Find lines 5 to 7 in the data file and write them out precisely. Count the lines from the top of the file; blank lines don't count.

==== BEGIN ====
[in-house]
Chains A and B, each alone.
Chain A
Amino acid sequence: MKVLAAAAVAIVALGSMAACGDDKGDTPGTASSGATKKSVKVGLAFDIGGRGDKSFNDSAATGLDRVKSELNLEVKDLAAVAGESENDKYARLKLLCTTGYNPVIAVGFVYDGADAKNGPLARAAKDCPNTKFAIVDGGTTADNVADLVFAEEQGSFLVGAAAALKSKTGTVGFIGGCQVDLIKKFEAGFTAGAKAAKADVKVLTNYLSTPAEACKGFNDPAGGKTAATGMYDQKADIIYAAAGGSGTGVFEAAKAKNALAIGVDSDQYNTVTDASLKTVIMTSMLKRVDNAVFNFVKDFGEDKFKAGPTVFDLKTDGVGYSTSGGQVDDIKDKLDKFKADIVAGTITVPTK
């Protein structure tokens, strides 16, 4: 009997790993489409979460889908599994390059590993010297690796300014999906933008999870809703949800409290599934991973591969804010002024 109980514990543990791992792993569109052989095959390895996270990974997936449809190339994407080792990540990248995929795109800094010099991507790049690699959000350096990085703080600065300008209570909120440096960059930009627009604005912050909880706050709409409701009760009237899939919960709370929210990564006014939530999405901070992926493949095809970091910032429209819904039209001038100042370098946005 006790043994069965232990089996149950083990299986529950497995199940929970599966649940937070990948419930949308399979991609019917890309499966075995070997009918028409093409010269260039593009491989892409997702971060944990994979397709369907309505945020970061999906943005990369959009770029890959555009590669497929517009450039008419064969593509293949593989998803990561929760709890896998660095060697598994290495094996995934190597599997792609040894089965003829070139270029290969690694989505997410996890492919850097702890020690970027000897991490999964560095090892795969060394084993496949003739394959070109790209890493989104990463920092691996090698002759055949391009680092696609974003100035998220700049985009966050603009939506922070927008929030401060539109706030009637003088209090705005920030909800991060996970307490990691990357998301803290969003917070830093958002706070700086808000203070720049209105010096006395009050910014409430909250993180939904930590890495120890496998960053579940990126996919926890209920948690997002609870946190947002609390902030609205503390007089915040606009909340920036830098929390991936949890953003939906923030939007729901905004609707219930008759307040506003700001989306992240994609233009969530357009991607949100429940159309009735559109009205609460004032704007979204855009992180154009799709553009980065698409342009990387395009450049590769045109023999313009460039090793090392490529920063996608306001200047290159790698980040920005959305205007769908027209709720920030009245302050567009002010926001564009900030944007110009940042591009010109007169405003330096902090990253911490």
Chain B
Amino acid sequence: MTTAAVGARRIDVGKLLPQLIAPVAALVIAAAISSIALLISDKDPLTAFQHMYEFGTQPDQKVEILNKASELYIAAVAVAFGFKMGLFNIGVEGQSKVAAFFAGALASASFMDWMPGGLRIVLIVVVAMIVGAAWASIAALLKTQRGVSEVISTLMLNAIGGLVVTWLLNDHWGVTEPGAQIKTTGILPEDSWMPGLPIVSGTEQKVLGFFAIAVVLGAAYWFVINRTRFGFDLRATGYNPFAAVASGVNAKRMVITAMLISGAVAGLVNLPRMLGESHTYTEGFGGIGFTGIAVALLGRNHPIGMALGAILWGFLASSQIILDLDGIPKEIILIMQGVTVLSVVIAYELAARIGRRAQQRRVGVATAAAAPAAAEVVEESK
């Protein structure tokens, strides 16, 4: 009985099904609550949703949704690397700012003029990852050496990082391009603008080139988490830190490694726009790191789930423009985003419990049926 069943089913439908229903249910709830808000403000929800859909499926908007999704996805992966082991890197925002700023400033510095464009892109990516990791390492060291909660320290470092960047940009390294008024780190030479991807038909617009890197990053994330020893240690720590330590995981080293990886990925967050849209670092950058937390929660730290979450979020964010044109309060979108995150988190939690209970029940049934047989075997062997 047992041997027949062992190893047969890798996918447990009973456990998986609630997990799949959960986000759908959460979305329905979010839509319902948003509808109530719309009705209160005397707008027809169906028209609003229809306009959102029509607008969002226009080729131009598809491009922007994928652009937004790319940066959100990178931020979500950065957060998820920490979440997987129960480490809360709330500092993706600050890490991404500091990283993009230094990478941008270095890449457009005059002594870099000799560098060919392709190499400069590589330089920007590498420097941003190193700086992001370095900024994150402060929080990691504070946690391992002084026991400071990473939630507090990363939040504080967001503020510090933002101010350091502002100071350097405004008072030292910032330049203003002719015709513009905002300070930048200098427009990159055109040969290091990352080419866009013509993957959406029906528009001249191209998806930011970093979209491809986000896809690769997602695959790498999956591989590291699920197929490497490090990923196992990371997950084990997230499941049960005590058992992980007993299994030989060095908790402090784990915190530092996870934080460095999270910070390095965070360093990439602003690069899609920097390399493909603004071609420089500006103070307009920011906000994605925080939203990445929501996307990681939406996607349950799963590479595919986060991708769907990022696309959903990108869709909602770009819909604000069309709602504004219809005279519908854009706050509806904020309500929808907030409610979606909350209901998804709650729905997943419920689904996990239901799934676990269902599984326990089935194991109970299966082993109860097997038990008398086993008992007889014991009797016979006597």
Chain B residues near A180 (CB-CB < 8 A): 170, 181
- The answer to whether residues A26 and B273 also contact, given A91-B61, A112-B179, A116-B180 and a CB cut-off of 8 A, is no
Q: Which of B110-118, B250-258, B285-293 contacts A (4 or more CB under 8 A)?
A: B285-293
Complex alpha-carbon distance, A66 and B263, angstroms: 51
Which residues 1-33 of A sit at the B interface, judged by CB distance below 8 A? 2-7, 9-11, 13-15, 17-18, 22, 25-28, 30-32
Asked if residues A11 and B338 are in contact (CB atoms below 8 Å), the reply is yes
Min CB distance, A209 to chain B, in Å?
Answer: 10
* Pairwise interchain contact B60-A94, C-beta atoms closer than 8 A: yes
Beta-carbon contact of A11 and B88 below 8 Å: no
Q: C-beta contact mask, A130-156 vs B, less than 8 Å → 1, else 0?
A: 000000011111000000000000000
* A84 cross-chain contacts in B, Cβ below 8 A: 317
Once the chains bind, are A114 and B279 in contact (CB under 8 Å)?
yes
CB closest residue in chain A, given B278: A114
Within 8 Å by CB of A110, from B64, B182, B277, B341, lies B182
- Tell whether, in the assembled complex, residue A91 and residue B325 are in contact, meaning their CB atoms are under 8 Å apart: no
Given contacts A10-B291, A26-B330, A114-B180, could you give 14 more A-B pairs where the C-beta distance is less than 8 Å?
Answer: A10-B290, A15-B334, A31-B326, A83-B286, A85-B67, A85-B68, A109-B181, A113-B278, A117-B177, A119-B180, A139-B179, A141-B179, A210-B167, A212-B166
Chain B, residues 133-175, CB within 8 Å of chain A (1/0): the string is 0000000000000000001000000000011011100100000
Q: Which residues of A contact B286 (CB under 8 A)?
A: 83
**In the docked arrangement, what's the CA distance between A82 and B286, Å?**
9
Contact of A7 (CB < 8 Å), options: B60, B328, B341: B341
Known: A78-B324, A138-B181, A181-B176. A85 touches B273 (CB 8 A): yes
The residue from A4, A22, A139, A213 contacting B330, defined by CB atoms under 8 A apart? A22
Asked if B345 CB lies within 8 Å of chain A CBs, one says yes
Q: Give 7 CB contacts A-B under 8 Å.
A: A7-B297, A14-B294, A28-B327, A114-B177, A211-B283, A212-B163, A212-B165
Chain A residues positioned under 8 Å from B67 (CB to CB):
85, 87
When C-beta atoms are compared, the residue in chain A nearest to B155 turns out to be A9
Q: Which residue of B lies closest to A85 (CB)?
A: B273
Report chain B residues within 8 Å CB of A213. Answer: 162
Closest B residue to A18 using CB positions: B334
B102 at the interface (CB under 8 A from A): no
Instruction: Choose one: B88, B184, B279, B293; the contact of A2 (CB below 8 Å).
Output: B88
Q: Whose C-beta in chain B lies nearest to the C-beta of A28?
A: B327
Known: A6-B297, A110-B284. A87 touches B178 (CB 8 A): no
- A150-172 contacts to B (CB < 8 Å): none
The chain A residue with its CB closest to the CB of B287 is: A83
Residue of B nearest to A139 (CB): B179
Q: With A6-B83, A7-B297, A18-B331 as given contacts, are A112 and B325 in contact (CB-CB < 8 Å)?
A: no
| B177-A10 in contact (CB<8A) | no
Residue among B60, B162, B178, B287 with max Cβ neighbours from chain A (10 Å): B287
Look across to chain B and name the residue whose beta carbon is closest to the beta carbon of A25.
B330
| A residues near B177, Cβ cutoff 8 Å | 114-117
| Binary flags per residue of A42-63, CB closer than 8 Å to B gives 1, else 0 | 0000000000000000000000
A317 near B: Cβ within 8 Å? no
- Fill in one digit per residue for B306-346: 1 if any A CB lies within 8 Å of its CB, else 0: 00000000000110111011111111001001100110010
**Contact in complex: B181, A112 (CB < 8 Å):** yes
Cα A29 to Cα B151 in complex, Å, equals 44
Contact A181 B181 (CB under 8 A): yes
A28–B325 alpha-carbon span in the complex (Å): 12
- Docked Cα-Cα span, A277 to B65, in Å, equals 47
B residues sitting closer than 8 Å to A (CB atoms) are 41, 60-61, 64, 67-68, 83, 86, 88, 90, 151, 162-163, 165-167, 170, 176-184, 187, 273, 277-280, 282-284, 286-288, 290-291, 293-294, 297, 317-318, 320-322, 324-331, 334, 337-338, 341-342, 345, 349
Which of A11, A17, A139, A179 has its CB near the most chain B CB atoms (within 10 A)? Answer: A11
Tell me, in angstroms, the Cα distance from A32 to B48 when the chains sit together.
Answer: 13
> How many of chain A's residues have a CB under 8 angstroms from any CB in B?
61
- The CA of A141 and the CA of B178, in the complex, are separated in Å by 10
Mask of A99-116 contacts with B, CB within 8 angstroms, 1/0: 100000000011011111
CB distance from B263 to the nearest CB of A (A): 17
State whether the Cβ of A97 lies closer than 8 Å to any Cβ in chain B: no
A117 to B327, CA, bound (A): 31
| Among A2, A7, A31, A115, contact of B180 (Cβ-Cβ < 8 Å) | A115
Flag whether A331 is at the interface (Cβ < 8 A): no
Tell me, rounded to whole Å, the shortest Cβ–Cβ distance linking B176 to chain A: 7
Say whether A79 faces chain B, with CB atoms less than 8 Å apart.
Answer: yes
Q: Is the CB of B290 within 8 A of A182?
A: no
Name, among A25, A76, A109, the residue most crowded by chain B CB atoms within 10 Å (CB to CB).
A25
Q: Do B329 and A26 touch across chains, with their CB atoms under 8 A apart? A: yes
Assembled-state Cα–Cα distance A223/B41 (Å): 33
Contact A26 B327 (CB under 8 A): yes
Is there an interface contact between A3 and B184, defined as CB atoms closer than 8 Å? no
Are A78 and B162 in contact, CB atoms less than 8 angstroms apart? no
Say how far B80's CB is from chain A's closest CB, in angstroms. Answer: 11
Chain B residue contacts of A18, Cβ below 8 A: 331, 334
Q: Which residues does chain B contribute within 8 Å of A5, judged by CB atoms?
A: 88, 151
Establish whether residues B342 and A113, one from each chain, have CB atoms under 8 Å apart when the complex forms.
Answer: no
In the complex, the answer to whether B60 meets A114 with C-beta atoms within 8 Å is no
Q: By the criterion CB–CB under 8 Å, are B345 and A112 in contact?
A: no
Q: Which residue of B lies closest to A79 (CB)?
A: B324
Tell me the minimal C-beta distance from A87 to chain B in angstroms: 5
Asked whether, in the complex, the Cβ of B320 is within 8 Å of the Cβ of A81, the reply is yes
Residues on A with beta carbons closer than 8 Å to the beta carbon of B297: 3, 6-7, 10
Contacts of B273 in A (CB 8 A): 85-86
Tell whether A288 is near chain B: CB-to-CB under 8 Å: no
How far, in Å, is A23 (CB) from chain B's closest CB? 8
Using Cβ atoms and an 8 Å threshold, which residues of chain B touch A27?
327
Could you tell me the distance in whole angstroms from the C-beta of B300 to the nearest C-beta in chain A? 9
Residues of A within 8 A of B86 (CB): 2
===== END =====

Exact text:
């Protein structure tokens, strides 16, 4: 009997790993489409979460889908599994390059590993010297690796300014999906933008999870809703949800409290599934991973591969804010002024 109980514990543990791992792993569109052989095959390895996270990974997936449809190339994407080792990540990248995929795109800094010099991507790049690699959000350096990085703080600065300008209570909120440096960059930009627009604005912050909880706050709409409701009760009237899939919960709370929210990564006014939530999405901070992926493949095809970091910032429209819904039209001038100042370098946005 006790043994069965232990089996149950083990299986529950497995199940929970599966649940937070990948419930949308399979991609019917890309499966075995070997009918028409093409010269260039593009491989892409997702971060944990994979397709369907309505945020970061999906943005990369959009770029890959555009590669497929517009450039008419064969593509293949593989998803990561929760709890896998660095060697598994290495094996995934190597599997792609040894089965003829070139270029290969690694989505997410996890492919850097702890020690970027000897991490999964560095090892795969060394084993496949003739394959070109790209890493989104990463920092691996090698002759055949391009680092696609974003100035998220700049985009966050603009939506922070927008929030401060539109706030009637003088209090705005920030909800991060996970307490990691990357998301803290969003917070830093958002706070700086808000203070720049209105010096006395009050910014409430909250993180939904930590890495120890496998960053579940990126996919926890209920948690997002609870946190947002609390902030609205503390007089915040606009909340920036830098929390991936949890953003939906923030939007729901905004609707219930008759307040506003700001989306992240994609233009969530357009991607949100429940159309009735559109009205609460004032704007979204855009992180154009799709553009980065698409342009990387395009450049590769045109023999313009460039090793090392490529920063996608306001200047290159790698980040920005959305205007769908027209709720920030009245302050567009002010926001564009900030944007110009940042591009010109007169405003330096902090990253911490």
Chain B
Amino acid sequence: MTTAAVGARRIDVGKLLPQLIAPVAALVIAAAISSIALLISDKDPLTAFQHMYEFGTQPDQKVEILNKASELYIAAVAVAFGFKMGLFNIGVEGQSKVAAFFAGALASASFMDWMPGGLRIVLIVVVAMIVGAAWASIAALLKTQRGVSEVISTLMLNAIGGLVVTWLLNDHWGVTEPGAQIKTTGILPEDSWMPGLPIVSGTEQKVLGFFAIAVVLGAAYWFVINRTRFGFDLRATGYNPFAAVASGVNAKRMVITAMLISGAVAGLVNLPRMLGESHTYTEGFGGIGFTGIAVALLGRNHPIGMALGAILWGFLASSQIILDLDGIPKEIILIMQGVTVLSVVIAYELAARIGRRAQQRRVGVATAAAAPAAAEVVEESK